In the course of our ongoing multiplicity study of exoplanet host stars we detected a faint companion located at ∼43 arcsec (480 au physical projected separation) north-west of its primary – the exoplanet host star HD 3651 at 11 pc. The companion, HD 3651 B, clearly shares the proper motion of the exoplanet host star in our four images, obtained with the European Southern Observatory New Technology Telescope and the United Kingdom Infrared Telescope, spanning three years in epoch difference. The magnitude of the companion is H= 16.75 ± 0.16 mag, the faintest co-moving companion of an exoplanet host star imaged directly. HD 3651 B is not detected in the POSS-II B-, R- or I-band images, indicating that this object is fainter than ∼20 mag in the B- and R-band and fainter than ∼19 mag in the I-band. With the Hipparcos distance of HD 3651 of 11 pc, the absolute magnitude of HD 3651 B is about 16.5 mag in the H band. Our H-band photometry and the Baraffe et al. (2003) evolutionary models yield a mass of HD 3651 B to be 20 to 60 MJup (Jupiter masses) for assumed ages between 1 and 10 Gyr. The effective temperature ranges between 800 and 900 K, consistent with a spectral type of T7 to T8. We conclude that HD 3651 B is a brown dwarf companion, the first of its kind directly imaged as a companion of an exoplanet host star, and one of the faintest T dwarfs found in the solar vicinity (within 11 pc).
During the last decade, high-precision radial-velocity studies revealed almost 200 exoplanets around mainly solar-like stars located in the solar neighbourhood. The stellar multiplicity of these planet host stars was already investigated by several groups using imaging data from visible and infrared all-sky surveys such as the Palomar Observatory Sky Survey (POSS) or the Two Micron All Sky Survey (2MASS), see e.g. Bakos et al. (2006) or Raghavan et al. (2006). With seeing-limited, near-infrared imaging (see e.g. Mugrauer et al. 2005, 2006) as well as high-contrast, diffraction-limited Adaptive Optics (AO) observations (e.g. Els et al. 2001; Patience et al. 2002; Luhman & Jayawardhana 2002; Chauvin et al. 2006), further companions of exoplanet host stars have been detected during the last few years. Up to now, more than 30 companions of exoplanet host stars are known, suggesting that the multiplicity of these stars is at least 20 per cent.
Faint companions of exoplanet host stars were detected close to HD 114762 (Patience et al. 2002) and Gl 86 (Els et al. 2001) with angular separations smaller than 3 arcsec, which corresponds to physical projected separations of 130 and ∼20 au, respectively. In addition to these faint close objects, Wilson et al. (2001) reported a faint, wide companion to HD 89744, detected in the 2MASS point source catalogue (Skrutskie et al. 2006). HD 89744B is located 63 arcsec (∼2500 au physical projected separation) north-east of HD 89744 A, and shares the proper motion of this exoplanet host star (Mugrauer et al. 2004). While the faint companions HD 114762 B (MH∼ 10.4 mag) and HD 89744 B (MH∼ 11.1 mag) are both very low-mass objects with masses of about 0.080 M⊙, Gl 86 B (MH∼ 14.2 mag) turned out to be a white dwarf (see Mugrauer et al. 2005, for further details).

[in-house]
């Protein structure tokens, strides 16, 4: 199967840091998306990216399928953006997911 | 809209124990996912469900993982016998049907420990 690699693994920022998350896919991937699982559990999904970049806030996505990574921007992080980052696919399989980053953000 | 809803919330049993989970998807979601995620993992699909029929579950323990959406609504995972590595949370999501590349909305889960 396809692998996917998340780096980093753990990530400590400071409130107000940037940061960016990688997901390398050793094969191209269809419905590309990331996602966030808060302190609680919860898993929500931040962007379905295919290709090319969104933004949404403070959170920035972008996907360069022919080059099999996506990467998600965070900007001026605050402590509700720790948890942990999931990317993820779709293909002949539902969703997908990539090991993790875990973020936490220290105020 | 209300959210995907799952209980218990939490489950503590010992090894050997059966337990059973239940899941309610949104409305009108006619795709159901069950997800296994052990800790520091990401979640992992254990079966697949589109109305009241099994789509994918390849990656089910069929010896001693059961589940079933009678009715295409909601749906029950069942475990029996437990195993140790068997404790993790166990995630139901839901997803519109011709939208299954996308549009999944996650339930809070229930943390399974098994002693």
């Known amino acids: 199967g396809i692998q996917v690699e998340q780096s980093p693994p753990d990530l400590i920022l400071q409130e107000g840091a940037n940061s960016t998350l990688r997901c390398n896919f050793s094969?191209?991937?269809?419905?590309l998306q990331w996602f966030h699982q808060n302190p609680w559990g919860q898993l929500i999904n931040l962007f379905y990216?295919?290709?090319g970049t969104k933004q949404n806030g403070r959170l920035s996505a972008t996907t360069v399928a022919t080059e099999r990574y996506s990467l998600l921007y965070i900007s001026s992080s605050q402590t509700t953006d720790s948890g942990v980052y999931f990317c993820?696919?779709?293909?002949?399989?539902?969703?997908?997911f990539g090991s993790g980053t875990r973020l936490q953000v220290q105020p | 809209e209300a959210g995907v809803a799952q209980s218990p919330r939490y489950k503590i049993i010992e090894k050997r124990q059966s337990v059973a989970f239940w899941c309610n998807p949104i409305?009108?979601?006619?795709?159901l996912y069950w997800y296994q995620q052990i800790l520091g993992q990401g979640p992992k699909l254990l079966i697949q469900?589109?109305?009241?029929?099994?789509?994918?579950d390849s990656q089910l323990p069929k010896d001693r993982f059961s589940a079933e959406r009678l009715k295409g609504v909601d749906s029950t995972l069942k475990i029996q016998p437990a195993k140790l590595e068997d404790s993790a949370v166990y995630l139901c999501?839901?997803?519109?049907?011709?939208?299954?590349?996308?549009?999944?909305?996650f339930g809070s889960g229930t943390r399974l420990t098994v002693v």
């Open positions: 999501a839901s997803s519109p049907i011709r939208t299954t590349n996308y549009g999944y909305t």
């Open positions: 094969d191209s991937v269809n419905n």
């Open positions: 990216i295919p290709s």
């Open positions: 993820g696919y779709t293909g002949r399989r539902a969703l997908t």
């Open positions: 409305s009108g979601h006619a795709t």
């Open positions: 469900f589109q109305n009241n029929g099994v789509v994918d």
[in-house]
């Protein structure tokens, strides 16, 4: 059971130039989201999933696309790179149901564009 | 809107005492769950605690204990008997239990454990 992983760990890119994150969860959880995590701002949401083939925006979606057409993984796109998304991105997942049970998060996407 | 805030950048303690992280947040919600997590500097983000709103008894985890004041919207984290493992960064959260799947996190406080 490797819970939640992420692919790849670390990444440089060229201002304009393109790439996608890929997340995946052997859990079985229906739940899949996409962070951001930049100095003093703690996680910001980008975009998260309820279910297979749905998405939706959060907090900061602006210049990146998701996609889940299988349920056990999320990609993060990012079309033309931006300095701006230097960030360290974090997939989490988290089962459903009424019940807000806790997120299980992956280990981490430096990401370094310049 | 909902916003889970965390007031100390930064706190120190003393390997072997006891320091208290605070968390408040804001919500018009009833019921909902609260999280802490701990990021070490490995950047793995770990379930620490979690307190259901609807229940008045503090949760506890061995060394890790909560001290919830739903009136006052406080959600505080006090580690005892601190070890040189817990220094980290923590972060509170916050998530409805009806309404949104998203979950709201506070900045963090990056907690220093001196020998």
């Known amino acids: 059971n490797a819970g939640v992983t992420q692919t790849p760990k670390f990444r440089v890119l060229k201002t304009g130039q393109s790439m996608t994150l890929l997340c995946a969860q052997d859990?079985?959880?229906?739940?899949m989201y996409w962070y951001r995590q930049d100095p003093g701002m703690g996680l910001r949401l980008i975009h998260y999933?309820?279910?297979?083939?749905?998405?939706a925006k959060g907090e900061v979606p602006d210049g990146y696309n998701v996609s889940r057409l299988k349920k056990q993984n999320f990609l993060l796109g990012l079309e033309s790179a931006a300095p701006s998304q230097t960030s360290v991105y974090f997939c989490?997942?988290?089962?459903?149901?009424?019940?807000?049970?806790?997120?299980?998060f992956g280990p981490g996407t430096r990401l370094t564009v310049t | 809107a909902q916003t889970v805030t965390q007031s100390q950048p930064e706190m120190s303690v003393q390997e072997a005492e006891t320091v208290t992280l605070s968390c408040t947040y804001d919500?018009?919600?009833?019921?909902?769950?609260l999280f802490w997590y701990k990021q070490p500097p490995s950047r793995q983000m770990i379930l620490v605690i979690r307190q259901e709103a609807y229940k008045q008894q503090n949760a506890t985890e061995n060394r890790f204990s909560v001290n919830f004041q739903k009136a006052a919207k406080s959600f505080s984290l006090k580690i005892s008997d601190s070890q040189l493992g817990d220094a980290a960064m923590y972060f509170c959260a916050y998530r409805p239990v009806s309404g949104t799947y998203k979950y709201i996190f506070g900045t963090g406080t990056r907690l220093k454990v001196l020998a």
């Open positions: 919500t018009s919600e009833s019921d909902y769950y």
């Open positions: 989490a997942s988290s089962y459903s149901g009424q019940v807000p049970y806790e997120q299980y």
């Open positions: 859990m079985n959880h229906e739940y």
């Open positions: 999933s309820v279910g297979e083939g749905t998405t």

So far, substellar companions with masses significantly below the stellar/substellar mass border of 0.075 M⊙ have not been directly detected as companions to radial-velocity planet host stars, neither with AO nor seeing-limited imaging. In contrast, radial-velocity studies have already revealed a number of brown dwarf companions close to the exoplanet host stars e.g. HD 38529 (Fischer et al. 2003a), HD 168443 (Marcy et al. 2001), and HD 202206 (Correia et al. 2005), with minimum masses of m sin (i) = 12.7, 17.2 and 17.4 MJup, respectively. While the brown dwarf companions of HD 38529 and HD 168443 both revolve around the planet host star on orbits with semi-major axes which are at least 10 times wider than those of the detected exoplanets, the brown dwarf companion of HD 202206 moves around the planet host star inside the planetary orbit. All of these systems are interesting examples which might point out that planet and brown dwarf formation processes can occur around the same star at comparable distances (see Correia et al. 2005, for further discussion).
In this Letter we present the first directly imaged brown dwarf companion of an exoplanet host star which we detected in the course of our multiplicity study. We show the results of our near-infrared observations in Section 2 and discuss the properties of this new very faint companion in Section 3.
HD 3651 is a high proper motion nearby K0 dwarf, located in the northern constellation, Pisces. Its proper motion and parallax [μα cos (δ) =−461.09 ± 0.75 mas yr−1, μδ=−370.90 ± 0.61 mas yr−1, and π= 90.03 ± 0.72 mas] are determined by Hipparcos (Perryman et al. 1997), yielding a distance of ∼11 pc. According to Fischer et al. (2003b) HD 3651 is chromospherically inactive and photometrically stable, as expected for a middle-aged early K dwarf. The stellar radial velocity shows a periodical modulation with a period of 62.23 d, indicating the star is orbited by a sub-Saturn mass planet [m sin (i) = 0.20 MJup] with an eccentric (e= 0.63) orbit and a semi-major axis of a= 0.284 au. According to Santos, Israelian & Mayor (2004) HD 3651 exhibits an effective temperature of 5173 ± 35 K and a surface gravity of log (g) = 4.37 ± 0.12 cm s−2, as it is expected for an early K dwarf. Its metallicity is slightly enhanced compared to that of the Sun ([Fe/H]= 0.12 ± 0.04), typical for a planet host star. Santos et al. (2004) also derive the mass of HD 3651 to be 0.76 M⊙, consistent with the mass estimate of 0.79 M⊙ from Fischer et al. (2003b).